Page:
NYT’s Paul Krugman warns not to follow the British path to draconian austerity: “It would cut government employment by 490,000 workers — the equivalent of almost three million layoffs in the United States — at a time when the private sector is in no position to provide alternative employment. It would slash spending at a time when private demand isn’t at all ready to take up the slack … Never mind that British debt as a percentage of national income is actually below its historical average…”
Grist’s Sarah Goodyear writes that the stimulus brought Kokomo, IN, back from the brink: “…the city of some 45,000 people is revitalized and renewed, thanks to an infusion of federal stimulus money and a variety of economic strategies. The unemployment rate has gone from over 20 percent to 14 percent. Stores have moved from the dying mall to a newly vibrant downtown. … Some of the money is from the auto bailout and is going to build hybrid cars. Some is slated for green tech jobs. And some of it is infrastructure spending that is being used to beautify downtown, help businesses get started, and create streets that draw more pedestrian traffic.”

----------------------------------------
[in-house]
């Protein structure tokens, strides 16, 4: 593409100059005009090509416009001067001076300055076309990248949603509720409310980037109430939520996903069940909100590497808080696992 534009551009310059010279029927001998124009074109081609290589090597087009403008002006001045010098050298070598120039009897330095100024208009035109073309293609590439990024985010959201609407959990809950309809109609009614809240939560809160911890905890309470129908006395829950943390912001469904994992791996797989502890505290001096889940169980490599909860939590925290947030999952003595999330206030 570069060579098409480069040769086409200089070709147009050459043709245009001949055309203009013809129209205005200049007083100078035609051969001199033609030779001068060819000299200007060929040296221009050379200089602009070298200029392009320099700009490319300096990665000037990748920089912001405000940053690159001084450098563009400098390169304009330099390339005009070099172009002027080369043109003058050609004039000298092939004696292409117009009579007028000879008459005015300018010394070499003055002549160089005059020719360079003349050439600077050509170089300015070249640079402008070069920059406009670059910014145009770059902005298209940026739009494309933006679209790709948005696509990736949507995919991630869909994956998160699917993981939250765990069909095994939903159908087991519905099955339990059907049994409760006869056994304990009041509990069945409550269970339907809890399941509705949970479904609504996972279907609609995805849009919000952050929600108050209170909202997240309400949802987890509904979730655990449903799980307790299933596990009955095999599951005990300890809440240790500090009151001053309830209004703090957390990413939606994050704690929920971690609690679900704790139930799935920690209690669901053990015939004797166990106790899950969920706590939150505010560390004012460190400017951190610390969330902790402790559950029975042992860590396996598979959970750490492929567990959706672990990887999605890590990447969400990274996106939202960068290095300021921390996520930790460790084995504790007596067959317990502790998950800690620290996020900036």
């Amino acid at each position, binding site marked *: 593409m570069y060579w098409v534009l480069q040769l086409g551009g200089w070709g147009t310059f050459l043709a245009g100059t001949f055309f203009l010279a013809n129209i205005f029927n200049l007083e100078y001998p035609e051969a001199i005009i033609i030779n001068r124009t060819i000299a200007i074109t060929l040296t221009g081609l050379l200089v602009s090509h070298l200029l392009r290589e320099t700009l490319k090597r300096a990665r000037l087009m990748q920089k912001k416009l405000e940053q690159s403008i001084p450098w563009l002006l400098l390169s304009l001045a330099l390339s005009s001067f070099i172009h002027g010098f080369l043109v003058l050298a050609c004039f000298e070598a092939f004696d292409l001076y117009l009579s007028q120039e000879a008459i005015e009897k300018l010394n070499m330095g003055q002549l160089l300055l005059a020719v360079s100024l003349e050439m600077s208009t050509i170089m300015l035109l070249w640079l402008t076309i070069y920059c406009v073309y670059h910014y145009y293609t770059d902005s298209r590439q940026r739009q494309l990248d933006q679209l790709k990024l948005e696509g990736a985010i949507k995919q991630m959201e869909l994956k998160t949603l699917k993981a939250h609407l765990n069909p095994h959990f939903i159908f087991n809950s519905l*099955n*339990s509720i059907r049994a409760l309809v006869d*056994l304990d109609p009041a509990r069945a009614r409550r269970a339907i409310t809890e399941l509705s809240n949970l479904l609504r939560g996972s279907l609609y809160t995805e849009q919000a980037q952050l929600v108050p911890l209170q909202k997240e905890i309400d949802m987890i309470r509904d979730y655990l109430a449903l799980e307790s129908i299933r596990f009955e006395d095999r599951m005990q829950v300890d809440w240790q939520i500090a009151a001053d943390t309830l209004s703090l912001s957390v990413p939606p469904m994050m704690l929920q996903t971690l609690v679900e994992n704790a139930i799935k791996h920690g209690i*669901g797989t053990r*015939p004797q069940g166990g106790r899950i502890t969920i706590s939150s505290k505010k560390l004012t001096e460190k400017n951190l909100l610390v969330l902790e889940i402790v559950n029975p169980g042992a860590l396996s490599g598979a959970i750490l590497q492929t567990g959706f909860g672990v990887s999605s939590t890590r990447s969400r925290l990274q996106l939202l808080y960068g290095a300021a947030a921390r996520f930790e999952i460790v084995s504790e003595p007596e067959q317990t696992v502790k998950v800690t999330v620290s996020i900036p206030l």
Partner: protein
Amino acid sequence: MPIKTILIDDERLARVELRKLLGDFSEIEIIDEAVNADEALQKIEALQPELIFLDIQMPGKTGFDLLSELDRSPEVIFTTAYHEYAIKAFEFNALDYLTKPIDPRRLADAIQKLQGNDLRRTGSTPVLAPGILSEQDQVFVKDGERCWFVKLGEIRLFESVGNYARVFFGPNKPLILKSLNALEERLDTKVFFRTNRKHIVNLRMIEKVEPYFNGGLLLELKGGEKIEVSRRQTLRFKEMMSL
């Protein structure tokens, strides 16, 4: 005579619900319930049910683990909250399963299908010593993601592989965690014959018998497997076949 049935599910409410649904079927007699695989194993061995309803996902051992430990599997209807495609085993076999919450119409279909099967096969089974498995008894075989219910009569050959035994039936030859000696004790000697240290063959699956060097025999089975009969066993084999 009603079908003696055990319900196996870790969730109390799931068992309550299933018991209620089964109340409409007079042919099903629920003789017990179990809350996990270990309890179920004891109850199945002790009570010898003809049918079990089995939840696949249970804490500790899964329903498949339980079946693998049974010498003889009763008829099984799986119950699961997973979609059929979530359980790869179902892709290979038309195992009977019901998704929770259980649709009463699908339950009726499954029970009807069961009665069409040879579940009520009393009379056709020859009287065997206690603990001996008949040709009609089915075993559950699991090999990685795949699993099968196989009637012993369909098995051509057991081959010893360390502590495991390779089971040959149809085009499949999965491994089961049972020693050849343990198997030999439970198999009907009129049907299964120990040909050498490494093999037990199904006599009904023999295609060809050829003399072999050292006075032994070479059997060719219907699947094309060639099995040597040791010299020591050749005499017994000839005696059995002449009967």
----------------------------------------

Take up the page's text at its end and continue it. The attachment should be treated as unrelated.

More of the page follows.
Economic Strategies Target Women
WH econ policies cushioned blow of recession for women. NYT: “[The National Economic Council] cited the expansion of the earned-income tax credit, which disproportionately benefits working mothers; work-study money for community college students, 56 percent of whom are female; state aid supporting the jobs of teachers and nurses, who are mostly women … Women’s median annual earnings fell by 2.8 percent during the 2007-9 recession, compared with 4.1 percent for men…”
Democrats trying to stoke enthusiasm among women voters. NYT: “In states like Wisconsin and Florida, campaign commercials featuring women and issues like education, children’s health, stem cell research or abortion rights have emerged … ‘We know what happened in 1994 when women stayed home — 16 million women who had voted two years earlier didn’t vote’ said Jess McIntosh, a spokeswoman for Emily’s List. ‘And we are doing all we can to be sure that does not happen in 2010.’”
Reuters speculates that congressional gridlock may mean all the Bush tax cuts will expire: “…with Republicans looking likely to take control of the House of Representatives and gain substantial influence in the Senate, tax policy watchers say neither side will be in a mood to bargain in the post-election ‘lame duck’ session.”
VP Biden suggests tax cut compromise still possible. Bloomberg: “He signaled a willingness to make small concessions in accepting more of the Bush-era tax cuts when asked if the White House would consider raising the $250,000 limit President Barack Obama wants on income that would still be taxed at lower rates … ‘We’re open to speak to the Republicans, if they really mean it. If they’re talking about deficit reduction, if they’re willing to move, I think there’s a possibility,’ Biden said.”